Students who are struggling with literacy and numeracy should not be able to go to university, a major international report suggests.
A traditional three-year degree course is costly and unsuitable for those who have difficulty with the basics, while having students graduate with low skills in these key areas "undermines the currency" of the qualification, according to the Organisation for Economic Co-operation and Development (OECD).
The study, which looks at literacy and numeracy skills in England, concludes that 7% of 20 to 34-year-old graduates in England have numeracy skills below level two, while 3.4% have literacy skills below this level - meaning that they struggle to estimate how much petrol is left in a tank from looking at the gauge, or have difficulty understanding instructions on an aspirin bottle.
For numeracy, this is worse than in other nations - including Australia, Ireland, Poland, Italy and Spain, the report shows.
Around one in five young university graduates can manage basic tasks, but struggle with more complex problems, it adds.
"Those with low basic skills should not normally enter three-year undergraduate programmes, which are both costly and unsuited to the educational needs of those involved, while graduates with poor basic skills undermine the currency of an English university degree."
These would-be students should be encouraged to take alternative, professional courses that will help to boost their levels of literacy and numeracy, while more needs to be done in universities to help students with intermediate levels in the basics to develop their skills.
It also suggests that preventing universities from graduating students that have low basic skills could help to raise achievement.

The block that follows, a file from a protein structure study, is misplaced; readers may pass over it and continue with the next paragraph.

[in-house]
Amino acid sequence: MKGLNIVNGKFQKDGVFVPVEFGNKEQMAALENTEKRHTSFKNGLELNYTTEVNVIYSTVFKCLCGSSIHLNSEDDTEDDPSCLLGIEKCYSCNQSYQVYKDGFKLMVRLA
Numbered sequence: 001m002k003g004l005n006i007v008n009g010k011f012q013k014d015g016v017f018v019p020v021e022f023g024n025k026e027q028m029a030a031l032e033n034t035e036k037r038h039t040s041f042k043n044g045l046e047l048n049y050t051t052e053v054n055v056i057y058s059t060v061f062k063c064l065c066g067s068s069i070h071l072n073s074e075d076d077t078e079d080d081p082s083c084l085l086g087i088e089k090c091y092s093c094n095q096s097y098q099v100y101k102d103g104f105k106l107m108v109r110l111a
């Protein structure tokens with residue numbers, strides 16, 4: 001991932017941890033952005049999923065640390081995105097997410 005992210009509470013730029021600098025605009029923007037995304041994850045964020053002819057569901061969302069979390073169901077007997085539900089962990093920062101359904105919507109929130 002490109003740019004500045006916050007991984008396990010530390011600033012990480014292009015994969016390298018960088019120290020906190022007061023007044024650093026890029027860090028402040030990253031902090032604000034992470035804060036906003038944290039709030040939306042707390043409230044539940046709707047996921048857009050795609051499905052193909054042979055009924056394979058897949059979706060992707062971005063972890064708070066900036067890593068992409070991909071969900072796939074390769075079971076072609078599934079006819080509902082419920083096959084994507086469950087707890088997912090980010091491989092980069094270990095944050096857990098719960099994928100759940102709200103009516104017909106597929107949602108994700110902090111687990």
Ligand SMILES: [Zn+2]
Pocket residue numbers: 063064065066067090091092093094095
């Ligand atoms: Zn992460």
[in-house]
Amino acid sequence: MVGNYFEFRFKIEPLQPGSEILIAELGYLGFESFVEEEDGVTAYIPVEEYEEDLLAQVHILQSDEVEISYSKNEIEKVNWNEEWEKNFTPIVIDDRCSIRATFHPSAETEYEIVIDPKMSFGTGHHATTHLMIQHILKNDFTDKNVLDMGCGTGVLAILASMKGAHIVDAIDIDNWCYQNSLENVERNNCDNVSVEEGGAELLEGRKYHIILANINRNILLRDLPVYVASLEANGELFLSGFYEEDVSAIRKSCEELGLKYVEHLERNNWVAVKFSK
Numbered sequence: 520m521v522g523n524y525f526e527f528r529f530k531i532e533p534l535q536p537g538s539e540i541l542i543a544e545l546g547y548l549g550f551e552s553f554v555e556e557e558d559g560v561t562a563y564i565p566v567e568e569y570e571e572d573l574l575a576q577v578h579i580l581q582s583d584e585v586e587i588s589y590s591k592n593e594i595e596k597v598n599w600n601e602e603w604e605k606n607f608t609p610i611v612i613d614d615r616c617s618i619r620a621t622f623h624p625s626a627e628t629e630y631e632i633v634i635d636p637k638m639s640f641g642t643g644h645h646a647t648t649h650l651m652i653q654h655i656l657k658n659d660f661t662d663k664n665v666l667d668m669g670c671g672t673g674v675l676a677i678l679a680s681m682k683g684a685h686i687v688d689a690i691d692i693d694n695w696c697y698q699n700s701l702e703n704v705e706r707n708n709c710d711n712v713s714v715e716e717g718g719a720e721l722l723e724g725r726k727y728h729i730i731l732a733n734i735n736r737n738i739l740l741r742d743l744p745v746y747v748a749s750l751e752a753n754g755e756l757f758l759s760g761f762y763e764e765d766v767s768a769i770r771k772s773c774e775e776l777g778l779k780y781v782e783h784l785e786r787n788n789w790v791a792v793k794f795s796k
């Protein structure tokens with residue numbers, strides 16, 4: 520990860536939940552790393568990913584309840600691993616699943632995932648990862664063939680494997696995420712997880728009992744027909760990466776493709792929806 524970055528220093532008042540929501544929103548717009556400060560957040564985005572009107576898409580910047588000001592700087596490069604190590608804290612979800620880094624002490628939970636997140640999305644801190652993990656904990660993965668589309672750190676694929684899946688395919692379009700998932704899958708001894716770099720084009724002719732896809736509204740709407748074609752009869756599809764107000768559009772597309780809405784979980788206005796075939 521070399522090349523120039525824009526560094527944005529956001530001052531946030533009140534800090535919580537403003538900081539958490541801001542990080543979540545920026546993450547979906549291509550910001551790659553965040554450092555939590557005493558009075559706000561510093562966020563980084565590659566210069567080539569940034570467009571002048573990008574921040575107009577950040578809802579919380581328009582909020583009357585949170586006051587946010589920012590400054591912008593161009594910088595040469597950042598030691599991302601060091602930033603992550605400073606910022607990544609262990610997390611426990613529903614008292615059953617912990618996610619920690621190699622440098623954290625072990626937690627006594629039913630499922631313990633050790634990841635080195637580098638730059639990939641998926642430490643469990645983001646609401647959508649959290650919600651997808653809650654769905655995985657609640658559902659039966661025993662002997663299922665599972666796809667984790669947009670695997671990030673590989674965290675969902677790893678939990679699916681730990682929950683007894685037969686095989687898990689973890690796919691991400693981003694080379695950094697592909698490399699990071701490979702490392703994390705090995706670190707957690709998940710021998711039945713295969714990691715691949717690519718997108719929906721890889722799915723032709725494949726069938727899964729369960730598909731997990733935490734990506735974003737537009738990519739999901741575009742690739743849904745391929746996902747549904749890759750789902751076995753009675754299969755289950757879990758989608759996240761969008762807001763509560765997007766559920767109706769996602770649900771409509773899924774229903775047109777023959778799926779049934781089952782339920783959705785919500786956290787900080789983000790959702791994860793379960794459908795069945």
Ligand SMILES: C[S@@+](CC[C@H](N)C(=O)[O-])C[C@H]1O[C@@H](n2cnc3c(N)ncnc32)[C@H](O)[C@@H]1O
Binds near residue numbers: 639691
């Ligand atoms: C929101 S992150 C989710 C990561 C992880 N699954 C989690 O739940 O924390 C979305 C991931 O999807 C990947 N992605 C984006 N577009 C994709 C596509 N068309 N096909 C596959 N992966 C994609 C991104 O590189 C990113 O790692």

The report, based on an international survey conducted in 2012, goes on to warn that while England has more young people graduating from university than many other countries, many young people are not well-prepared for degree study as the basic skills of those teenagers who may go into higher education is much weaker than elsewhere.
Overall, a third of 16 to 19-year-olds are struggling with the basics - three times as many as in countries such as Finland, Japan, Korea and the Netherlands.
In 2012, in England, 70% of youngsters in this age group were in education or training that would lead to a formal qualification, compared to almost all young people in many other nations, the survey says.
The OECD warns: "In England, the weak basic skills of young adults compared with other countries can be traced back to a lower standard of performance at the end of initial education."
"The priority of priorities is to improve the standard of basic schooling in England," it adds.
The report notes that a raft of reforms have been introduced, including an overhaul of qualifications, raising the age that youngsters must stay in education or training to 18 and a decision that any teenager who does not gain at least a C at GCSE in English or maths must continue with the subject.
It is too early to assess the impact of these reforms, the OECD says, but adds that "their objectives are clearly the right ones".
The organisation does note that the move to lift the cap on university numbers could worsen the problem of students with low basic skills.
Overall, there are an estimated nine million working-age adults in England with literacy or numeracy skills, or both, the report says.
A Government spokeswoman said: " Good English and maths skills are essential to success in later life, and thanks to our reforms thousands more students are leaving education with these vital skills.
"While we are pleased the OECD recognises the progress we have made, we are not complacent, and will maintain our relentless focus on literacy and numeracy so all young people have the chance to succeed."
Mike Ellicock, chief executive of National Numeracy, said: "There is a big gap between the maths young people learn at school - in effect complex maths in simple situations - and the maths all of us need every day - simple maths in complex real-life situations.
"We need a new approach to bridge that gap and to help adults build the skills they never truly learnt at school."